The year 2020 caused many people in Charles Town to suffer financial hardships. They could have incurred massive medical bills due to an unexpected illness, they may have been furloughed from they job only to come back at reduced pay and hours or they may have lost their job altogether.
If these hardships led them to fall behind on their mortgage payments, they may have received a Notice of Default from their lender, officially beginning the foreclosure process. The following are some options homeowners may have in such situations.
Selling your home through a short sale may be an option if your home is worth less than what you still owe on your mortgage. A short sale will have a negative impact on your credit, but the impact is not as great as that of a foreclosure.
Deed in lieu of foreclosure
A died in lieu of foreclosure essentially deeds the home back to your lender. You provide your lender with a notarized deed, and the lend forgives what you owe on the mortgage. This cancels the debt, and through that, foreclosure proceedings. While you may not owe any more on your home, a deed in lieu of foreclosure will affect your credit, sometimes the same as a foreclosure would.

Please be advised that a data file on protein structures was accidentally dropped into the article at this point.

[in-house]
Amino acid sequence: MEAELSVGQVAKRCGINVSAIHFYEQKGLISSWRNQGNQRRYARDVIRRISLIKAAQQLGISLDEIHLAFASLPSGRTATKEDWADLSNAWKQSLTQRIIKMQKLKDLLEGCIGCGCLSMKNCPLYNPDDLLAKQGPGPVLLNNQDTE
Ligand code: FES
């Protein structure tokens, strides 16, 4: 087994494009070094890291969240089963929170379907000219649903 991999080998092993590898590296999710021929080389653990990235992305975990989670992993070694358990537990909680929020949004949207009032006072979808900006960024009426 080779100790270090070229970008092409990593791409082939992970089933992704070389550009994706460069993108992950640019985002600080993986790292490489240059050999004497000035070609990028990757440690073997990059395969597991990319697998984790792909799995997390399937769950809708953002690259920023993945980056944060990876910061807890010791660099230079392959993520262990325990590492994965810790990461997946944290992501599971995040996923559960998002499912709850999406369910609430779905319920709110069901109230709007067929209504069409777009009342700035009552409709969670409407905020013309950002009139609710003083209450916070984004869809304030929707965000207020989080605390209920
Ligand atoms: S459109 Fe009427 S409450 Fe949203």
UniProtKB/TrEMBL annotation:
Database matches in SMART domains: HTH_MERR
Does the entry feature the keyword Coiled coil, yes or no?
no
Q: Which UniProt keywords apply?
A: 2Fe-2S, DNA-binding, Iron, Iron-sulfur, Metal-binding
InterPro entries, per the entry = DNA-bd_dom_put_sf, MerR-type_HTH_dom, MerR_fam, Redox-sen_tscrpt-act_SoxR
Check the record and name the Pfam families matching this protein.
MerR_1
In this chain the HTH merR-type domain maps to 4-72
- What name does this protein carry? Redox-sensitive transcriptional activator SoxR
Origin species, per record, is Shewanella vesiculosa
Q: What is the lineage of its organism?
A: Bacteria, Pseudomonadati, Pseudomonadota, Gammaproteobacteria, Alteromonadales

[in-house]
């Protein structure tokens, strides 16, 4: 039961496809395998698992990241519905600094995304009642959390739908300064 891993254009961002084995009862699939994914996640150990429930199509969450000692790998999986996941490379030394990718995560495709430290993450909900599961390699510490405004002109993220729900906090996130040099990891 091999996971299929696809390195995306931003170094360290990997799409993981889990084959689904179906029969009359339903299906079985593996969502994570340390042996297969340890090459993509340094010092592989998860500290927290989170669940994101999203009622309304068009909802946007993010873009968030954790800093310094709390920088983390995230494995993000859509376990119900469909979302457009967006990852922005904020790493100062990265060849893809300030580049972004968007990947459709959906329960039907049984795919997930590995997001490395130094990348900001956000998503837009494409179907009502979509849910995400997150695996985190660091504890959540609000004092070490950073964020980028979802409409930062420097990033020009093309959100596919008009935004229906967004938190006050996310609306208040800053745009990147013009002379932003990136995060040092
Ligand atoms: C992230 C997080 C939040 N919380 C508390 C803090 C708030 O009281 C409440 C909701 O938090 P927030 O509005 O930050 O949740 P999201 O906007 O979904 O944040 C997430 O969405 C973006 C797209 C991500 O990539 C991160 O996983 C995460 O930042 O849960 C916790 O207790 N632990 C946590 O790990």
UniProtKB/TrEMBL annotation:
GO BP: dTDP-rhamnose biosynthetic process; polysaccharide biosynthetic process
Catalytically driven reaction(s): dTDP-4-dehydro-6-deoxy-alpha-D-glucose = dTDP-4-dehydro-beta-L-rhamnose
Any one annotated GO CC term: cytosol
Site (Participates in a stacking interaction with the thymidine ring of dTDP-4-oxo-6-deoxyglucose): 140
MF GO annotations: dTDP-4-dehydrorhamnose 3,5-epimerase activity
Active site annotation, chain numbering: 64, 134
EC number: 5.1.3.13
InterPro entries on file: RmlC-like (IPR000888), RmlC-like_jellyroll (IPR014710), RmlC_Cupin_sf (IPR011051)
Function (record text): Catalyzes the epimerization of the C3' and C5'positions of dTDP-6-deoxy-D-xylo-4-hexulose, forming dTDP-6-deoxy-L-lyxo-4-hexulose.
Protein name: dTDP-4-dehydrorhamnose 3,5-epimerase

Filing for bankruptcy
Filing for bankruptcy is another way to put a halt to foreclosure proceedings. When you file for bankruptcy, the court will issue an “automatic stay” stopping any foreclosure proceedings at least for a while. Depending on the circumstances this could give you the time you need to catch up on your mortgage or find alternative living arrangements should you be unable to keep your home. Bankruptcy will affect your credit, but often can be overcome with time.
Learn more about filing for bankruptcy
Facing the prospect of losing your home can be daunting, but options are available. Ultimately, this post is for educational purposes only and does not contain legal advice. Those who want to learn more about filing for bankruptcy are encouraged to explore our firm’s website for further information on this topic.